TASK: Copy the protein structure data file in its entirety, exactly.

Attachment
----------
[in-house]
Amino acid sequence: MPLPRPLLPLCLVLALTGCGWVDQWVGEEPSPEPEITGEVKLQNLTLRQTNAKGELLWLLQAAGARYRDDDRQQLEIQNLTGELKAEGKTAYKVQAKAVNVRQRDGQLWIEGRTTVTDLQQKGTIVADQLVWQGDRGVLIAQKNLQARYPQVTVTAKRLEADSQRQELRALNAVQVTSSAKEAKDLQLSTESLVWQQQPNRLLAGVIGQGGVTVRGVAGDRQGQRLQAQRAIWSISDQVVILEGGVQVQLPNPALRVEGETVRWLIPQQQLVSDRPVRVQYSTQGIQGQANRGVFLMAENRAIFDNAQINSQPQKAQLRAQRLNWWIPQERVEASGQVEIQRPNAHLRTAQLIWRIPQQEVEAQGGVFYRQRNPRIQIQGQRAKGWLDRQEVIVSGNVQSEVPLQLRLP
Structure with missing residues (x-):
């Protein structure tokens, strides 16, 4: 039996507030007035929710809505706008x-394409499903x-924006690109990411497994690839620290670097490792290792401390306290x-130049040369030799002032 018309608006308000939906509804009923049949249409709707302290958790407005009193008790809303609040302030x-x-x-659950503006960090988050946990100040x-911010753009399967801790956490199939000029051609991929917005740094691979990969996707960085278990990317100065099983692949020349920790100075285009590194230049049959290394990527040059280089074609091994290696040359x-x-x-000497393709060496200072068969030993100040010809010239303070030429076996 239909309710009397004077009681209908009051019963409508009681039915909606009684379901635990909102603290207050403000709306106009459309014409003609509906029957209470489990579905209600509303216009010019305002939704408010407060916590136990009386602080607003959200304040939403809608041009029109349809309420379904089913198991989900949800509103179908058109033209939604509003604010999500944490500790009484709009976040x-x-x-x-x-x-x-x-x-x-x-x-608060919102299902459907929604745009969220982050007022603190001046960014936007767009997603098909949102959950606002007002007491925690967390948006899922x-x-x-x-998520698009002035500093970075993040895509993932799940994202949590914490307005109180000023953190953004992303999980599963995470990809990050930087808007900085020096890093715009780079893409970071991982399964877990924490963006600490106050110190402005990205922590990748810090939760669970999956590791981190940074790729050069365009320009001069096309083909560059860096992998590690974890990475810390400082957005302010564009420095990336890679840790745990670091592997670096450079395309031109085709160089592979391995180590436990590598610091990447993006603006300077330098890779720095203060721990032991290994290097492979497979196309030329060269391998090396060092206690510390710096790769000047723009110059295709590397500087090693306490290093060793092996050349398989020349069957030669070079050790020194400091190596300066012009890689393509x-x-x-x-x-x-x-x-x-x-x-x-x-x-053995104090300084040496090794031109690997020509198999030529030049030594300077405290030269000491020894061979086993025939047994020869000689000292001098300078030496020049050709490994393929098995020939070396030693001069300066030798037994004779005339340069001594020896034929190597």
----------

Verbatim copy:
[in-house]
Amino acid sequence: MPLPRPLLPLCLVLALTGCGWVDQWVGEEPSPEPEITGEVKLQNLTLRQTNAKGELLWLLQAAGARYRDDDRQQLEIQNLTGELKAEGKTAYKVQAKAVNVRQRDGQLWIEGRTTVTDLQQKGTIVADQLVWQGDRGVLIAQKNLQARYPQVTVTAKRLEADSQRQELRALNAVQVTSSAKEAKDLQLSTESLVWQQQPNRLLAGVIGQGGVTVRGVAGDRQGQRLQAQRAIWSISDQVVILEGGVQVQLPNPALRVEGETVRWLIPQQQLVSDRPVRVQYSTQGIQGQANRGVFLMAENRAIFDNAQINSQPQKAQLRAQRLNWWIPQERVEASGQVEIQRPNAHLRTAQLIWRIPQQEVEAQGGVFYRQRNPRIQIQGQRAKGWLDRQEVIVSGNVQSEVPLQLRLP
Structure with missing residues (x-):
């Protein structure tokens, strides 16, 4: 039996507030007035929710809505706008x-394409499903x-924006690109990411497994690839620290670097490792290792401390306290x-130049040369030799002032 018309608006308000939906509804009923049949249409709707302290958790407005009193008790809303609040302030x-x-x-659950503006960090988050946990100040x-911010753009399967801790956490199939000029051609991929917005740094691979990969996707960085278990990317100065099983692949020349920790100075285009590194230049049959290394990527040059280089074609091994290696040359x-x-x-000497393709060496200072068969030993100040010809010239303070030429076996 239909309710009397004077009681209908009051019963409508009681039915909606009684379901635990909102603290207050403000709306106009459309014409003609509906029957209470489990579905209600509303216009010019305002939704408010407060916590136990009386602080607003959200304040939403809608041009029109349809309420379904089913198991989900949800509103179908058109033209939604509003604010999500944490500790009484709009976040x-x-x-x-x-x-x-x-x-x-x-x-608060919102299902459907929604745009969220982050007022603190001046960014936007767009997603098909949102959950606002007002007491925690967390948006899922x-x-x-x-998520698009002035500093970075993040895509993932799940994202949590914490307005109180000023953190953004992303999980599963995470990809990050930087808007900085020096890093715009780079893409970071991982399964877990924490963006600490106050110190402005990205922590990748810090939760669970999956590791981190940074790729050069365009320009001069096309083909560059860096992998590690974890990475810390400082957005302010564009420095990336890679840790745990670091592997670096450079395309031109085709160089592979391995180590436990590598610091990447993006603006300077330098890779720095203060721990032991290994290097492979497979196309030329060269391998090396060092206690510390710096790769000047723009110059295709590397500087090693306490290093060793092996050349398989020349069957030669070079050790020194400091190596300066012009890689393509x-x-x-x-x-x-x-x-x-x-x-x-x-x-053995104090300084040496090794031109690997020509198999030529030049030594300077405290030269000491020894061979086993025939047994020869000689000292001098300078030496020049050709490994393929098995020939070396030693001069300066030798037994004779005339340069001594020896034929190597």